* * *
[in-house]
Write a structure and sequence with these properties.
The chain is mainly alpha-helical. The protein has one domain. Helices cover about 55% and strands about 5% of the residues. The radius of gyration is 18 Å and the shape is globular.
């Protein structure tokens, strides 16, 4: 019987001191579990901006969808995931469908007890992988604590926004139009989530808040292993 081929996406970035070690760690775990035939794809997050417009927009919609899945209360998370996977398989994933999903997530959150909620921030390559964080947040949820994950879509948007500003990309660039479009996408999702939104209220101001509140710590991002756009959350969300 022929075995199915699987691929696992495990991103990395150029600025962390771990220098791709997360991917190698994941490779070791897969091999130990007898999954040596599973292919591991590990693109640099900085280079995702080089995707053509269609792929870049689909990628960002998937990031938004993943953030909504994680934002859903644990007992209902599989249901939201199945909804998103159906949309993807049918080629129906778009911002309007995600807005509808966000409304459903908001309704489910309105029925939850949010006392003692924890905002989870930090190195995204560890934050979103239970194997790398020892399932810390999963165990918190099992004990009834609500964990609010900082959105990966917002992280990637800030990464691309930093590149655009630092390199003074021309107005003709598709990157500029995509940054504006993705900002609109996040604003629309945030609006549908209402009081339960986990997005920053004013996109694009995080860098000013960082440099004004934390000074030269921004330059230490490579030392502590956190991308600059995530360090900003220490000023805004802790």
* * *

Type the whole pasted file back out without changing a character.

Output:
[in-house]
Write a structure and sequence with these properties.
The chain is mainly alpha-helical. The protein has one domain. Helices cover about 55% and strands about 5% of the residues. The radius of gyration is 18 Å and the shape is globular.
């Protein structure tokens, strides 16, 4: 019987001191579990901006969808995931469908007890992988604590926004139009989530808040292993 081929996406970035070690760690775990035939794809997050417009927009919609899945209360998370996977398989994933999903997530959150909620921030390559964080947040949820994950879509948007500003990309660039479009996408999702939104209220101001509140710590991002756009959350969300 022929075995199915699987691929696992495990991103990395150029600025962390771990220098791709997360991917190698994941490779070791897969091999130990007898999954040596599973292919591991590990693109640099900085280079995702080089995707053509269609792929870049689909990628960002998937990031938004993943953030909504994680934002859903644990007992209902599989249901939201199945909804998103159906949309993807049918080629129906778009911002309007995600807005509808966000409304459903908001309704489910309105029925939850949010006392003692924890905002989870930090190195995204560890934050979103239970194997790398020892399932810390999963165990918190099992004990009834609500964990609010900082959105990966917002992280990637800030990464691309930093590149655009630092390199003074021309107005003709598709990157500029995509940054504006993705900002609109996040604003629309945030609006549908209402009081339960986990997005920053004013996109694009995080860098000013960082440099004004934390000074030269921004330059230490490579030392502590956190991308600059995530360090900003220490000023805004802790």